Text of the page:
Have you ever been involved in a project as a coordinator? Or are you planning to take on this role in one of your next projects?
If that’s the case, this article is for you – it will give you some practical handles that help you keeping the strings of the project together and staying on top of all activities.
The art of coordination
Being a coordinator can sometimes be a burdensome job. Looking at the introduction to the Annotated Model Grant Agreement, the coordinator will be a key figure in a project: “The coordinator is the beneficiary which is the central contact point for the Commission/Agency and represents the consortium (towards the Commission/Agency).”
As Europa Media is building up the Knowledge Base to support not only coordinators but all parties who are or plan to be involved in R&I projects, interested people will find plenty of practical and up-to-date templates and guiding materials around this topic.
Among those, my favourite guiding material is the PROJECT TOOLBOX, because it provides within two pages only the guidance and skeleton for leading an entire project.
It’s not about knowing all procedures and tools by heart but knowing where they are written or stored
That is the purpose of the project toolbox and if you invest your time once in building up your own edition, it will be a powerful and central coordination system which massively helps you streamline the communication to your partners in the everyday project implementation. Here are two bits of advice to you to make the best use of this powerful system:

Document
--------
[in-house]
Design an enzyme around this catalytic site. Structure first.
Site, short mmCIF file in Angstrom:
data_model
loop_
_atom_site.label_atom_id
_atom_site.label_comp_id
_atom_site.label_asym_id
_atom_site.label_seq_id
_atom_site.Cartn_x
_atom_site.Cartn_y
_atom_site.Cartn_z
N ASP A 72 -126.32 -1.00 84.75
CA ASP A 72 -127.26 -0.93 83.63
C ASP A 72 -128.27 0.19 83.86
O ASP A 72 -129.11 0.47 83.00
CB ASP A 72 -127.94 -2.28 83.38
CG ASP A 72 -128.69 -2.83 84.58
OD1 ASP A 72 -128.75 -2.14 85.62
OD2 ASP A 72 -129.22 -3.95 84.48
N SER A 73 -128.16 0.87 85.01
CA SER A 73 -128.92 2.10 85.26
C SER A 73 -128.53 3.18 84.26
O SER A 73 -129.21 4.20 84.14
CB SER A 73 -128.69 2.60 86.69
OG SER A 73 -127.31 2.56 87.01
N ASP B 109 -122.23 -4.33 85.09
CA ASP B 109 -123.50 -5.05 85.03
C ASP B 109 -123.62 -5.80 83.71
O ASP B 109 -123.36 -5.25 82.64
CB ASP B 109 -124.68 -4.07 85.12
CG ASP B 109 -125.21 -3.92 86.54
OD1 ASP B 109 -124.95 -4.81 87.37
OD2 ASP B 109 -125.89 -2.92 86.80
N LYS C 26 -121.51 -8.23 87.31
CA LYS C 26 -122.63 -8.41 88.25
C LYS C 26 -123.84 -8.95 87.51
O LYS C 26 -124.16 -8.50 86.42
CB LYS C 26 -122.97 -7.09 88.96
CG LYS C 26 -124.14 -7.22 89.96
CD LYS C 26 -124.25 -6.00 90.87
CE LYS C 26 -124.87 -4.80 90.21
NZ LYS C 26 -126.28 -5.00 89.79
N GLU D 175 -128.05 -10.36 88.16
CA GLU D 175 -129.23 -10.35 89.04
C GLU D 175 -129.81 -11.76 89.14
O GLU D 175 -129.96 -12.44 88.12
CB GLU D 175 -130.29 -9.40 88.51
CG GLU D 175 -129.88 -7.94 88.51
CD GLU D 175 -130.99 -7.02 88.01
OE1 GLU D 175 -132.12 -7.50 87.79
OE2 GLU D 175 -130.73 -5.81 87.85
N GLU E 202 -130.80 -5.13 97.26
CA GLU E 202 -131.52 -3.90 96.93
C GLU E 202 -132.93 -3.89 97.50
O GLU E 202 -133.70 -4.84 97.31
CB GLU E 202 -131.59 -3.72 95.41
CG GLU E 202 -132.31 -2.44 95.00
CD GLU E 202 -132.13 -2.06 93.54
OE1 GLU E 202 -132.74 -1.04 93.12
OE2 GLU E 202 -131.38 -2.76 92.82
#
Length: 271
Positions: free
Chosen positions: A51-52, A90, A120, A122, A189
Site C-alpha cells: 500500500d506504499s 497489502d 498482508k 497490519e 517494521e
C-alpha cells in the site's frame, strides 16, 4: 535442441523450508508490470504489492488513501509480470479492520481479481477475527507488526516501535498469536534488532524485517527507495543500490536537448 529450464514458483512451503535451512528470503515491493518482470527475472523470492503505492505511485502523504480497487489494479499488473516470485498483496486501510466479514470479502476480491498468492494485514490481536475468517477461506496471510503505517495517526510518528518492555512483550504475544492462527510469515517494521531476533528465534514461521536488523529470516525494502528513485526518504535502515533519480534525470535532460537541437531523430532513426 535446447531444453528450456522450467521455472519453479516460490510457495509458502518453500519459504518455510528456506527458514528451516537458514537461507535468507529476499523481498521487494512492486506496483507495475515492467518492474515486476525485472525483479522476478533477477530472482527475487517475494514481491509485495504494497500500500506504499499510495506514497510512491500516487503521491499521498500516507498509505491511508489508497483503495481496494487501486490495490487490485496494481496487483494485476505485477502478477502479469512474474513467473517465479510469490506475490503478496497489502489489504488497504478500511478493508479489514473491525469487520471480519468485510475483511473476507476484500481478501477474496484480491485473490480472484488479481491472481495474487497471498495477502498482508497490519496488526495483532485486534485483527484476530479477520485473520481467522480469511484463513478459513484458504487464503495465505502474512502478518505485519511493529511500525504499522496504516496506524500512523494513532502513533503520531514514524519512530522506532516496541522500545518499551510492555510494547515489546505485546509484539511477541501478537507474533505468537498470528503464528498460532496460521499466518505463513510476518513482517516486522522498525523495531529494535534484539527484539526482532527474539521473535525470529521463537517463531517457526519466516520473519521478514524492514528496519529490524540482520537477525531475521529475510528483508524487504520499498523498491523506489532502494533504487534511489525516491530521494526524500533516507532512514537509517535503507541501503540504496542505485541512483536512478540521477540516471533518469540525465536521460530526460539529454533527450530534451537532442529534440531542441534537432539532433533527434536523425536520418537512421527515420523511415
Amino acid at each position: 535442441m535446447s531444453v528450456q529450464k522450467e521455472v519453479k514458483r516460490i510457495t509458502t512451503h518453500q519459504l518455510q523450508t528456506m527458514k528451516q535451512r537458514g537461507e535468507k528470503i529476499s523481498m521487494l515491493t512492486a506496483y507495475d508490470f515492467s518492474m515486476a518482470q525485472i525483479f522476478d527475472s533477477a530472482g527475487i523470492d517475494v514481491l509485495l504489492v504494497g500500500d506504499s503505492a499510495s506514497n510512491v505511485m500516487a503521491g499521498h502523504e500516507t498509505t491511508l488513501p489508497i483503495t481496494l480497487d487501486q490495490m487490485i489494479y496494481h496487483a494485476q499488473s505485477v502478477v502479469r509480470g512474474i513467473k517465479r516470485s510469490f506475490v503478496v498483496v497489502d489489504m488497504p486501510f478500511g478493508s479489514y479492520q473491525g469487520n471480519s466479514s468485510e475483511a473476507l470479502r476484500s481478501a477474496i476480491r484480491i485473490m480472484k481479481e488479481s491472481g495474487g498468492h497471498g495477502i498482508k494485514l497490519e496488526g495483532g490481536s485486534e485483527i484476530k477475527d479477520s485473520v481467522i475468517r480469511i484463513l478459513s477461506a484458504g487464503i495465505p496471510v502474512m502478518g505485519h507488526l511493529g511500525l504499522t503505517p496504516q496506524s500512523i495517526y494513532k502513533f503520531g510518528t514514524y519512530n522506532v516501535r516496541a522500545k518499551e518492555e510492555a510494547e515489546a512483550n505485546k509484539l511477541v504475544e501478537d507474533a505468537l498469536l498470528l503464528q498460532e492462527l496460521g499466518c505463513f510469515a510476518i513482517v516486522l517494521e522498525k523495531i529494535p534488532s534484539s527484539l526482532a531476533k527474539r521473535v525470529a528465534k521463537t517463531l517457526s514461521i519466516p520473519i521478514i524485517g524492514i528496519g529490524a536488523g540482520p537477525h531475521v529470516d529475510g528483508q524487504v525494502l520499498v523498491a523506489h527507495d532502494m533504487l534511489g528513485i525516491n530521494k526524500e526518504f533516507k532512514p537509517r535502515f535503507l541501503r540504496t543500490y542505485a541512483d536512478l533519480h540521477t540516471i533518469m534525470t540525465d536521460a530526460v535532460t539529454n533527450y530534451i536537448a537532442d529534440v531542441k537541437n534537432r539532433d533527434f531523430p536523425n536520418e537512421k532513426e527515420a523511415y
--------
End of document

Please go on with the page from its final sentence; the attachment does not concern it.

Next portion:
- Start even before the official launch of your project by screening thoroughly the Europa Media Project Toolbox PDF and building your own version of it.
You will soon see that this will be a living toolbox, consisting both of background information (official and administrative guides and documentation) as well as lists and templates to support you and your partners in the everyday implementation of the project.
- Dedicate a space on a shared platform for your project toolbox which all consortium members can access. This can be a password protected ‘partner area’ on your project website, or any other file sharing system. By this, you provide a central exchange hub for all important tools and documents in one place. This will save you valuable time when partners ask for general or specific project advice or you are to react to enquiries from your grant coordinator.
Some house-keeping rules:
Keep your toolbox tidy and up-to-date at any time!
Delete old or redundant files, to lower the storage burden at data centres around the world!
Do your homework and reap the benefits
Having said this, a project toolbox is not only from my experience a very useful system that effectively channels your efforts as a coordinator, if used correctly. It is also well appreciated from the European Commission as a mid-term review by one of our Project Advisors from the EC stated once: “The communication between the partners seems to have been regular and effective, making use of a Project Management Toolbox, and the collaboration between them seems to have been good.”
So, don’t be discouraged, a project toolbox can ease your life as a coordinator to a great extent and help you become the central contact point and representative of the project consortium towards the European Commission.
Check out the Europa Media Knowledge Base for more useful project management materials and stay tuned to future Horizon 2020 Project Manager’s Series posts.